Oh the bones, the salmon, the watermelon!

Alaskan Copper River salmon with Windflower Farm sugar peas and baby squash, on fregola pasta

Alaskan Copper River salmon with Windflower Farm sugar peas and baby squash, on fregola pasta

Where the flavor is: the bone edition
Christiaan loves his meat, and never more than when it’s still on the bone. So this weekend, he’s taken some Mountain Shadow beef ribs, and cooked them up in what he calls “pastrami style.” Yep, he spiced and brined them, smoked them, and then finished them in the oven. They are about as succulent as you can get. And what else do you do with pastrami style beef ribs? Serve them up with cabbage and mustard, of course. Get a small plate of them for $8 while they last.

And then there’s the pork shank. It’s braised nice and slow, and served on polenta with a generous swoosh of pork jus, and of course, whatever vegetable that wanders in the door Friday afternoon from Windflower, Tuckered Out, Dancing Moon, J&B, Dickey’s, Hood River Organic, or any of our wonderful farmers.

Of course, if your taste buds long for salmon, man, have you hit the jackpot.  The wild Alaskan sockeye is so sweet and delicate that we don’t even mind the smell on our hands as we cut it. We’re serving it two ways: with fresh snap peas and fregola pasta, or on Zion farm greens with lemon dill vinaigrette.

We’ve got two great steaks this week, both from Mountain Shadow. The 12-ounce rib eye is served up on red chili posole, and heaped high with chipotle onion rings, for $19. And for smaller appetites, or for someone who wants to double-down on three or four of our small plates, there’s the smaller dry-aged-chuck eye with Windflower arugula and truffle fries, for $10.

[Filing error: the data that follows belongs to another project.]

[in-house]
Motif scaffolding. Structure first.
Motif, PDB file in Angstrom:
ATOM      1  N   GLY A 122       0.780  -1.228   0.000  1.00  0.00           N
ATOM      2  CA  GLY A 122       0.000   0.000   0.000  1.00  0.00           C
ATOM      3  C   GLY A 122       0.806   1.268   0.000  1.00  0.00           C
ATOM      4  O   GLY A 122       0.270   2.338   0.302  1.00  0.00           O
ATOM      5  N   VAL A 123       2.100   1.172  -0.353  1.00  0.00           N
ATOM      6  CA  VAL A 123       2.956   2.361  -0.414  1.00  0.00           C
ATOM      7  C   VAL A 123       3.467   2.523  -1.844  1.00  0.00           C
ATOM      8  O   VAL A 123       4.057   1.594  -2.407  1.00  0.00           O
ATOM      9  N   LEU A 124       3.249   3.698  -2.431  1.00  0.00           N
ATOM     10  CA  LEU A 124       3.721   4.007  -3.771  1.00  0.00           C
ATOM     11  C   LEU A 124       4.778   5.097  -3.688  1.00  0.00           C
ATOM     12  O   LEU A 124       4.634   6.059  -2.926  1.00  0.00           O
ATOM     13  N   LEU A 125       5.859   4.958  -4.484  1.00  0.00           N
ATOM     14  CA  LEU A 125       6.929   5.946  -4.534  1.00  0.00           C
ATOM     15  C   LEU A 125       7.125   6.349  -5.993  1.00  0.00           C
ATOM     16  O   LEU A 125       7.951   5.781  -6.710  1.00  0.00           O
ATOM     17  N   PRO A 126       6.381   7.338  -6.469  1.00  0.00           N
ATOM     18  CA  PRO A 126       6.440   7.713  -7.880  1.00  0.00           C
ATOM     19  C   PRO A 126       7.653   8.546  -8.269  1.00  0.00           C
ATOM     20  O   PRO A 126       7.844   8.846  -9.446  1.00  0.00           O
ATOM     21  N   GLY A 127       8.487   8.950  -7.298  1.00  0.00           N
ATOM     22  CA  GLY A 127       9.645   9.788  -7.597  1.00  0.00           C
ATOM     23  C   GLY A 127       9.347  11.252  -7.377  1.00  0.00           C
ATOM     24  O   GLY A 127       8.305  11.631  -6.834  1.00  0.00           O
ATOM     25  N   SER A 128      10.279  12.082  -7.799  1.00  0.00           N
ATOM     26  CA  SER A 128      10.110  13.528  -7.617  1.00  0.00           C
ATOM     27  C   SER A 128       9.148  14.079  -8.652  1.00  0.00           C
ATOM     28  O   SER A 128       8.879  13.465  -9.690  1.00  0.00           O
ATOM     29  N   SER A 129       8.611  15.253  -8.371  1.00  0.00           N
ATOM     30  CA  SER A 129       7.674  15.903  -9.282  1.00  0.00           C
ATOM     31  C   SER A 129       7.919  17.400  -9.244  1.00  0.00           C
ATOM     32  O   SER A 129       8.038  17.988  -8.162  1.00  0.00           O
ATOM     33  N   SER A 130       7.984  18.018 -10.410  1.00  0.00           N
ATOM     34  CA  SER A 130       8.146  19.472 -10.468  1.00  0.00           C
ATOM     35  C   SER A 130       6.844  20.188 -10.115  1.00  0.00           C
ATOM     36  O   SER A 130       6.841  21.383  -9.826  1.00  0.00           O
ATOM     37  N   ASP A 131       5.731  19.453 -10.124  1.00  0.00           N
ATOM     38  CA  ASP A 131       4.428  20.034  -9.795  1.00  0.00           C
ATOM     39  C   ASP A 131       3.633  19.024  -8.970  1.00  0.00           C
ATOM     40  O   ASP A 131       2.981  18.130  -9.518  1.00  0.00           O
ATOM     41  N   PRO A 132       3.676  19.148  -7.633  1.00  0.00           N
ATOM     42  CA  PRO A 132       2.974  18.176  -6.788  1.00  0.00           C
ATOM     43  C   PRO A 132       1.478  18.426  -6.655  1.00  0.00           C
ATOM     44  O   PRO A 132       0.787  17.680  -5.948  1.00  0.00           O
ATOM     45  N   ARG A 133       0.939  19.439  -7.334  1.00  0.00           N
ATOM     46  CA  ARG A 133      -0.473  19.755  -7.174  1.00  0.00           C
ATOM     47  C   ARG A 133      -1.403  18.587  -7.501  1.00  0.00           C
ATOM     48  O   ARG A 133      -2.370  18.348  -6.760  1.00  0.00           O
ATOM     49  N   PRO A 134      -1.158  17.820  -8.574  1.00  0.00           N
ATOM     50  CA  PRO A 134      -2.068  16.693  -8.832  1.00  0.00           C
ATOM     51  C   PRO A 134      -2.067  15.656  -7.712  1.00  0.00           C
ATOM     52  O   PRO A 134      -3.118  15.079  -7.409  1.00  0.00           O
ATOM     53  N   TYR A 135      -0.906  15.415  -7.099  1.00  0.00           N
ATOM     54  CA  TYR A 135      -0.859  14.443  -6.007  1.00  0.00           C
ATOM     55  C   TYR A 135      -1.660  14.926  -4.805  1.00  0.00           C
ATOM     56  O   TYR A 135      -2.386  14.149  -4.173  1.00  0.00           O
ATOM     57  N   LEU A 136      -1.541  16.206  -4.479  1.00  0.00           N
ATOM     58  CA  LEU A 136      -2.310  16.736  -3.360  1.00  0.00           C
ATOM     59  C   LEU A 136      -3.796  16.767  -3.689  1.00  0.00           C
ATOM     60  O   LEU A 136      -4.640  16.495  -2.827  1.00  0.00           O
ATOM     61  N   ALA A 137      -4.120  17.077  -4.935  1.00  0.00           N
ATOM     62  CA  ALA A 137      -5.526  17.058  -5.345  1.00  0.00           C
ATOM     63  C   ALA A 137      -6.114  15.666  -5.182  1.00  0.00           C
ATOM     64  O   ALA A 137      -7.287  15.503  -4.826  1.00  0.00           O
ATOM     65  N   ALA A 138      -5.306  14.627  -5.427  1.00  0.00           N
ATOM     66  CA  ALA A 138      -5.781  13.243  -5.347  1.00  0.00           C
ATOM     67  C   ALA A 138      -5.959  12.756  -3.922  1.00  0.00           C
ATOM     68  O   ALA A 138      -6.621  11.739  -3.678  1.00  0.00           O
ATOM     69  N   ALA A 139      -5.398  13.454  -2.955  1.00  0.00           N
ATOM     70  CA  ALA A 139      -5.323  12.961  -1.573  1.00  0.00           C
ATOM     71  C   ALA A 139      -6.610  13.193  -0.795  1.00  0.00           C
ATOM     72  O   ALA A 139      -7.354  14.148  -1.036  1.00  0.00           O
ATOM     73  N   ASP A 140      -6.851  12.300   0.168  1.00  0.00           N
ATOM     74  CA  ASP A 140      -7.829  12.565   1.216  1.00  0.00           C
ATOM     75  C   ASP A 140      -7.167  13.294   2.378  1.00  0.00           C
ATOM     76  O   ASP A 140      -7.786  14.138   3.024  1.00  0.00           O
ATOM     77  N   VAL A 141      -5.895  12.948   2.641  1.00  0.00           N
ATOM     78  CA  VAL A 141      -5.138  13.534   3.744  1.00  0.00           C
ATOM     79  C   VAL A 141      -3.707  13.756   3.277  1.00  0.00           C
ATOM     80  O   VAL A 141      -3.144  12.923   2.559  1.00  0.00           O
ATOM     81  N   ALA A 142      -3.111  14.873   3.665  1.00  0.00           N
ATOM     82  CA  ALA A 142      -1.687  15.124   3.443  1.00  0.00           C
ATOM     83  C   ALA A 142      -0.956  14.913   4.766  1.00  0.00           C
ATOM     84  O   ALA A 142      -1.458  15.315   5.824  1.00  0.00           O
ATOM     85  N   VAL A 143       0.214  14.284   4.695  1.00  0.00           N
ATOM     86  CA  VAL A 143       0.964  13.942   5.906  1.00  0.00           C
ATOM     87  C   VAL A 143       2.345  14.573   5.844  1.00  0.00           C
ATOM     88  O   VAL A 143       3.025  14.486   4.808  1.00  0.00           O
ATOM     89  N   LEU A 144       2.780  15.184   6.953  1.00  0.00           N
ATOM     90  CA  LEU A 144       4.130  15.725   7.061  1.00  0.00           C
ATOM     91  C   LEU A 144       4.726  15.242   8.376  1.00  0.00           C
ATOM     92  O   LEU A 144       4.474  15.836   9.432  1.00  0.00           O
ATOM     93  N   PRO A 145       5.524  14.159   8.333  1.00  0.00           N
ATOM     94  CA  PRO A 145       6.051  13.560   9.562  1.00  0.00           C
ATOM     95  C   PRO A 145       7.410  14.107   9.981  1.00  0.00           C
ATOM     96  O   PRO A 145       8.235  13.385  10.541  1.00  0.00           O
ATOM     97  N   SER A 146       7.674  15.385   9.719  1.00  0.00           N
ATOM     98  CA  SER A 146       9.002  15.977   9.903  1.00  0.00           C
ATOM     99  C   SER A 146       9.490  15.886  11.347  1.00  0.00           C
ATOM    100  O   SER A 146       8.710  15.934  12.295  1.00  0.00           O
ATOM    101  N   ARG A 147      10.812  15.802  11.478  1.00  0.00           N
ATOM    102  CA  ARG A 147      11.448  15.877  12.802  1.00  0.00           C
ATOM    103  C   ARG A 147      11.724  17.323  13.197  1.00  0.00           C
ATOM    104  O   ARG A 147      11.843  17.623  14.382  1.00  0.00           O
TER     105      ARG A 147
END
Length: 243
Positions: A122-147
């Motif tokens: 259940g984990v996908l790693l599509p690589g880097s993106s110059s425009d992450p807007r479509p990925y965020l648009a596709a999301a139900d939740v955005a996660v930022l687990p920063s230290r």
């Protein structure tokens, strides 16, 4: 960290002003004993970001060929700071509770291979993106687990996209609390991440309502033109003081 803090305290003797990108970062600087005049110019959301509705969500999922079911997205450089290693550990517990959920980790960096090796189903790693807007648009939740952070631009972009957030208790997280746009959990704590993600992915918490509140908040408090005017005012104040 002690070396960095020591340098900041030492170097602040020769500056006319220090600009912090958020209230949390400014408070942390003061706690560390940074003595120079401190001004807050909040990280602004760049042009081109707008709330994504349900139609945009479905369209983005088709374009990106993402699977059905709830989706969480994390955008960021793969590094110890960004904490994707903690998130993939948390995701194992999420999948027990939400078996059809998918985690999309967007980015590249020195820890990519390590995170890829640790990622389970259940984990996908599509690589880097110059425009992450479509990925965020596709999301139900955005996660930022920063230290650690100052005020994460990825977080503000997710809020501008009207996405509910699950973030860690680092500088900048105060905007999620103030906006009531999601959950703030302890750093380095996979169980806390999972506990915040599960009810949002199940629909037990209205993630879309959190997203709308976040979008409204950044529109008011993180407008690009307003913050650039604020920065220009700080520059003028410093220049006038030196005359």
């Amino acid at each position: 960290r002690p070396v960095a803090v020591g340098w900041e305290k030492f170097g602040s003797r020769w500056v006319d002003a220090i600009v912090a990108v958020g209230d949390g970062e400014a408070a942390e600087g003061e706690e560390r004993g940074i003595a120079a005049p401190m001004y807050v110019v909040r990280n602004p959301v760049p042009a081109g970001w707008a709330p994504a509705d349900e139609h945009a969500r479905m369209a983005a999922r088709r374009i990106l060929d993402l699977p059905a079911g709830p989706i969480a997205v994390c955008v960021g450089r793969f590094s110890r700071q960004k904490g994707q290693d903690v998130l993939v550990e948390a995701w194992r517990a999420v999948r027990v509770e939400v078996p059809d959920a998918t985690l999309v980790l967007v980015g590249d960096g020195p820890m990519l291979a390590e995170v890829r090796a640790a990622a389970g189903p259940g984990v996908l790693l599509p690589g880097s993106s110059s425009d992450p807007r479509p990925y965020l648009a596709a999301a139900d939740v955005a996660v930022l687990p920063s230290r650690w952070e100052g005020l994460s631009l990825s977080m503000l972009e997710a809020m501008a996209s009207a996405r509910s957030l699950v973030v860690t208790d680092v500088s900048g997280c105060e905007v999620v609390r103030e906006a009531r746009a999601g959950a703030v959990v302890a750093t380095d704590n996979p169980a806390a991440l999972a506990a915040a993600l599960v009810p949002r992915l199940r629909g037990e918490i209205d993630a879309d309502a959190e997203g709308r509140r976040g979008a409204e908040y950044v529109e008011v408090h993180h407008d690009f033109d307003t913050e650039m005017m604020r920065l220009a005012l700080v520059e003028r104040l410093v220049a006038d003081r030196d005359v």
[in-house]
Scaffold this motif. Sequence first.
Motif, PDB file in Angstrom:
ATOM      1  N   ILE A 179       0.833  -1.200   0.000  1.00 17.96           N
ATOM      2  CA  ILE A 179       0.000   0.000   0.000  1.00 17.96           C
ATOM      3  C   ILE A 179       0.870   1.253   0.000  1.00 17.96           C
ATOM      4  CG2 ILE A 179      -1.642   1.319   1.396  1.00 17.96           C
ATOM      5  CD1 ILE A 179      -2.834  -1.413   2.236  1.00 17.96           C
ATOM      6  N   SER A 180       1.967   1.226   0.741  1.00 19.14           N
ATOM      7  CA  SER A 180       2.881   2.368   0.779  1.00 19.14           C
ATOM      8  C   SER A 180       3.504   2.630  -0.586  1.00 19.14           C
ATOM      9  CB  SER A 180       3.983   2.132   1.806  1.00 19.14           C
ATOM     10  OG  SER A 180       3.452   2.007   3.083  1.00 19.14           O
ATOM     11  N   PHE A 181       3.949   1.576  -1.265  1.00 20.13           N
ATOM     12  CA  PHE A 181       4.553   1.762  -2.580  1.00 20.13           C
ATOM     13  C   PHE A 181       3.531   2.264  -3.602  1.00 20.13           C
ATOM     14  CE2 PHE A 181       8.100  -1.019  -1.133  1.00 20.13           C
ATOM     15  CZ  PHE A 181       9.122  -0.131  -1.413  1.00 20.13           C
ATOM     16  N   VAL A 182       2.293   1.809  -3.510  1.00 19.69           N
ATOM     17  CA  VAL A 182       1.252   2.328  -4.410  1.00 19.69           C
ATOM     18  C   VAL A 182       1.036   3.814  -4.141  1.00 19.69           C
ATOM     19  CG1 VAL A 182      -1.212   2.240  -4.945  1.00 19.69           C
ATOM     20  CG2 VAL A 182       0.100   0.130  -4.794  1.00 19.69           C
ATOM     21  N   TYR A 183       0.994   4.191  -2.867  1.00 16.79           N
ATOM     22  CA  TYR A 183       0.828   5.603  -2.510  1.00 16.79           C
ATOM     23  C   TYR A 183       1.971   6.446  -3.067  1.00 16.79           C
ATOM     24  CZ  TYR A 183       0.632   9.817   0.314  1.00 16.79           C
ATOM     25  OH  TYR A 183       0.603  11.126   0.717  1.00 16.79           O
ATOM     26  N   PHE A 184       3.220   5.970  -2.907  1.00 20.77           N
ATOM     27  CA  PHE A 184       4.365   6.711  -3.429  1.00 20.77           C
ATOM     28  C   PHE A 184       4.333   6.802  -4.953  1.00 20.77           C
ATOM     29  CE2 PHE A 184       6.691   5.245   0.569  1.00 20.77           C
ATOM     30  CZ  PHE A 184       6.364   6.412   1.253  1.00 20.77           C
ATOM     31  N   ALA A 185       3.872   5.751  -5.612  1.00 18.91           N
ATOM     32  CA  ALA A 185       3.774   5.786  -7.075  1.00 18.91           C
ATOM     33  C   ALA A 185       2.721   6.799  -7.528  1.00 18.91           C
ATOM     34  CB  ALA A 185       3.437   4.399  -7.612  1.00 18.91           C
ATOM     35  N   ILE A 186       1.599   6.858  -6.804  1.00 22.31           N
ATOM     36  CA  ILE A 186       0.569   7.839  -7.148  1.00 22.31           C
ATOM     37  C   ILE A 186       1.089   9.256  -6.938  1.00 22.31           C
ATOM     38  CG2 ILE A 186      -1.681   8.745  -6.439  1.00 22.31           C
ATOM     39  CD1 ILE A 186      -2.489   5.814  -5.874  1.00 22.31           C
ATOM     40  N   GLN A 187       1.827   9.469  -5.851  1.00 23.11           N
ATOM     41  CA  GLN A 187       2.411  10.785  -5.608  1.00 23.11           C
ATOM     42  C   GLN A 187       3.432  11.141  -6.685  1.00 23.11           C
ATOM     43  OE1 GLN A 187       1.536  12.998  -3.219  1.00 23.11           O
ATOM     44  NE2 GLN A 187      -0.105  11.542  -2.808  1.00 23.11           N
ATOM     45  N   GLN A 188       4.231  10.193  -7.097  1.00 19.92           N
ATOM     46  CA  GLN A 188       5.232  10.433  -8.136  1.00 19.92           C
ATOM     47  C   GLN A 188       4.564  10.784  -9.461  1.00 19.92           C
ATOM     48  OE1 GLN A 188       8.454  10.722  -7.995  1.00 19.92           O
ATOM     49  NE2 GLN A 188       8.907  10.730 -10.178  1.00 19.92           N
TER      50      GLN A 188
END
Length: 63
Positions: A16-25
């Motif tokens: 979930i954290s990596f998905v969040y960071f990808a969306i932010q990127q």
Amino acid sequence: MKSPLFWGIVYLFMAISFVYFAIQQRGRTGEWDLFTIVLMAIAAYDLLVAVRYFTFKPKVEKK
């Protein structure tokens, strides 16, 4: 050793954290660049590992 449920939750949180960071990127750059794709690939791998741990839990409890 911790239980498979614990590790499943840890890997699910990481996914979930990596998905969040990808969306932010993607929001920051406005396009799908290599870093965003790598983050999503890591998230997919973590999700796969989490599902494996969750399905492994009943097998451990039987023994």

And of course, dig into the seafood and chicken curries, the rockfish tacos, the pulled pork fritters, and lamb kofta. Our plates runneth over.

Finally, something good to do with watermelon
Nathan and Kathy are agreed on one thing: they hate watermelon. So what is a melon salad, complete with watermelon, doing on the menu, and why in heck would Nathan create it? Well, turns out when you take watermelon to India, it’s delicious. Toss in some mint, pickled red onions, and an Indian spice mix called Chaat masala, and we’re going for seconds.  If you already love watermelon: bonus! Get it this weekend, and we just have to add … while it lasts.

How to sell your wine: don’t drink it all, and other winemaker stories
Franco Marchesi is sitting on a case of wine in Kathy’s office, and she is complementing him on his delicious new Dolcetto. “The acid is just right! It’s so perfect with food,” she says.

Franco agrees (of course). “It’s becoming my favorite wine; I love to drink it, but I only made 70 cases.”

How quickly can Franco drink through that 70 cases? Don’t wait to find out. You better head up to the tasting room before it’s long gone.

Last week on an early warm evening, Kathy was sitting with Dick and Christie Reed in the Wy’East vineyard. (Sounds like Kathy does a lot of sitting, but she only wishes it were so.) They were drinking Wy’East Pinot Gris, eating cantaloupe and prosciutto and talking about the Wy’East and Nora’s Table wine dinner August 8, which will take place right there in that storied and gorgeous vineyard, tucked out in the east hills of the Hood River Valley.

And Kathy muses what a great white sangria she could make with that Pinto Gris. “You wouldn’t be offended if we made sangria with your Pinot Gris, would you?” Kathy asked Dick.

Ever the stockbroker at heart, Dick did a double take, and then laughed. “I just want to sell it!”

So come in this weekend, and give our Sangria a try. The perfect quaff made with a perfect Gorge wine. It’s what goes so well with our spice-alive plates.

It’s back: Maple Bacon Ice Cream
The magic whirr of the ice cream maker was heard throughout the land last night (well, at least in the Nora’s Table kitchen) and that can only mean one thing. Yes, Maple-Bacon-Ice-Cream-on-French-Toast Fans, it’s back. Nathan just wanted you to know.

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